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Misty
Misty

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A Month of Coding!

Thanks to CodeNewbie for sharing my last post on the Twitter feed this week! I'm mostly writing these for myself, but am very happy if anything in these posts helps others. Even if it's just to feel not so alone in this coding journey. ❤️


I'm excited to have four weeks (and a few days) of consistent coding under my belt again! It feels really great overall, even though there have been some frustrating moments. (Looking at you, git. 🤦)

I finally finished my vision board!

A screenshot of a vision board, made in HTML and CSS. The vision board is broken into a 3x3 grid and has a radial gradient background from orange in the middle to purple on the outside. The middle section says "Reasons I want to be a developer" and has a laptop icon. The outside sections of the grid say: "always learning mindset" with a chalkboard icon; "time to travel" with a beach umbrella icon; "collaborate, innovate, solve" with a jigsaw puzzle piece icon; "new technologies: HTML, CSS, JavaScript, Python" with a book icon; "more time for family, friends, pets" with a group of people icon and a paw print icon; "do. cool. stuff." with a heart and exclamation point icon; "more time to create" with an art palette icon; and, last, "increase my earnings potential" with a bank money sack icon.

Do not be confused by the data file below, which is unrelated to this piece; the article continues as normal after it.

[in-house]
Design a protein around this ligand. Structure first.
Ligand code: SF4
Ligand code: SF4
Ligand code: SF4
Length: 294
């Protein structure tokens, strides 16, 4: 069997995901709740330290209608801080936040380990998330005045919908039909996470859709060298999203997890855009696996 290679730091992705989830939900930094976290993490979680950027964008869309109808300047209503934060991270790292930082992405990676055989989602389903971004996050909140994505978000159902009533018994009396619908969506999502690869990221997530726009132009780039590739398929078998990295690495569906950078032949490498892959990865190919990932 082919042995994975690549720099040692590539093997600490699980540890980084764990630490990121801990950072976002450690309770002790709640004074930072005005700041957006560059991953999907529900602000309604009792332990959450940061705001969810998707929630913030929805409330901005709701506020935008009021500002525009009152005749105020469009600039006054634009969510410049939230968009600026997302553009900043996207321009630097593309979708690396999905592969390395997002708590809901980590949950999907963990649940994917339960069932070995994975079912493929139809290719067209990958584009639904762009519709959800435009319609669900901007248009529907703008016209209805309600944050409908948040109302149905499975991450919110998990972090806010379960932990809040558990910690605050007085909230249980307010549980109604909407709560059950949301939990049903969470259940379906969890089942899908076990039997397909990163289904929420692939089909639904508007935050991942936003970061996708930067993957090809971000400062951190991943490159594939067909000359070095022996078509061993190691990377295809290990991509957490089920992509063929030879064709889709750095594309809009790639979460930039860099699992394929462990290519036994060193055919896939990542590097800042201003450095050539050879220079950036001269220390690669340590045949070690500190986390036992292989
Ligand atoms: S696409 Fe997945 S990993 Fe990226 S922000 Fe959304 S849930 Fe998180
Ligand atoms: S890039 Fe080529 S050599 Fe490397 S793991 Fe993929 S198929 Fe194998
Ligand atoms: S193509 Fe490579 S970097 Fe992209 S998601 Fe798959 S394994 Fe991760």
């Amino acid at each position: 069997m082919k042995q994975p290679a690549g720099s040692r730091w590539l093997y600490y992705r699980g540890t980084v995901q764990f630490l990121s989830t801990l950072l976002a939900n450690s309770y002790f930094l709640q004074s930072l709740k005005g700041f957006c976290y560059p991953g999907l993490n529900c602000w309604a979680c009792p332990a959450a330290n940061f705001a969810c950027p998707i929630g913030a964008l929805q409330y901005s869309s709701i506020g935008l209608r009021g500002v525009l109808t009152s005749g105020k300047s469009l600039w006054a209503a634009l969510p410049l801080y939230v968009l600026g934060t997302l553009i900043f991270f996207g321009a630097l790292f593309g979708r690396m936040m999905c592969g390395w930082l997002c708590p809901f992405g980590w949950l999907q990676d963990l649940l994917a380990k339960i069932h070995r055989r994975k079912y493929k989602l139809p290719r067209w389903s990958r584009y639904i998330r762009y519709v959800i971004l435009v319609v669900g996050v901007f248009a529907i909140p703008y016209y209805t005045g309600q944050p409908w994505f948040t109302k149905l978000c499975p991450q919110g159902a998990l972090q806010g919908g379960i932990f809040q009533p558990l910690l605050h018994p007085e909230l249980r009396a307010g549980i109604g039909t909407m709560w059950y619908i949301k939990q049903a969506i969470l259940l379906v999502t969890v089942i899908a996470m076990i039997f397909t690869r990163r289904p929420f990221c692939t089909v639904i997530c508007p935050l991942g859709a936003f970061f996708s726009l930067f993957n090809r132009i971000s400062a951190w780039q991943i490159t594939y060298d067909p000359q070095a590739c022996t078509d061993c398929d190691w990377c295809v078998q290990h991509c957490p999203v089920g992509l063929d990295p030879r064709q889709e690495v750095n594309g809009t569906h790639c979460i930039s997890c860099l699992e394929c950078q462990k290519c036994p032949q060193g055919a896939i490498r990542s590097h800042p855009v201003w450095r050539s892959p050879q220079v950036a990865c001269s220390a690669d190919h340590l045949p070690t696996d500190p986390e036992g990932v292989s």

The hardest part for me was getting the right look. And while I'm still not super in love with it, I do like it and it's fine for now. I used CSS Gradient to fine-tune the radial gradient for the background, which was a huge help. I probably could have spent another 2 or 3 hours trying to find the best font, but am satisfied enough with it as is. I should definitely do some design classes to learn design best practices so I can be better equipped for these sorts of things. Or maybe just put together a grouping of go-to fonts and colors?

I also worked on a Frontend Mentor challenge to replicate a QR Code. You can see my solution compared to the original design. It's not pixel perfect, but I think I did pretty well. It felt great to solve the problem, even if that included having to search for how to get the card for the QR code to be vertically centered. And using code that I don't yet fully grasp - another thing to work on learning!

I've started some JavaScript and am really enjoying the logic of it. Logic was one of my favorite classes I had to take for my Philosophy degree in college. I liked the syntax and specific symbols. And those are some of the things I like about coding in general, too!

The times I've really struggled with JavaScript so far are mostly due to syntax and punctuation, so I just need more practice with those to become more familiar. Hopefully writing out the punctuation will eventually become more of a muscle memory situation than actively remembering open-paren, end-paren, open-curly-brace... etc. It will help more with debugging, too, if I can spot what's out of place more easily.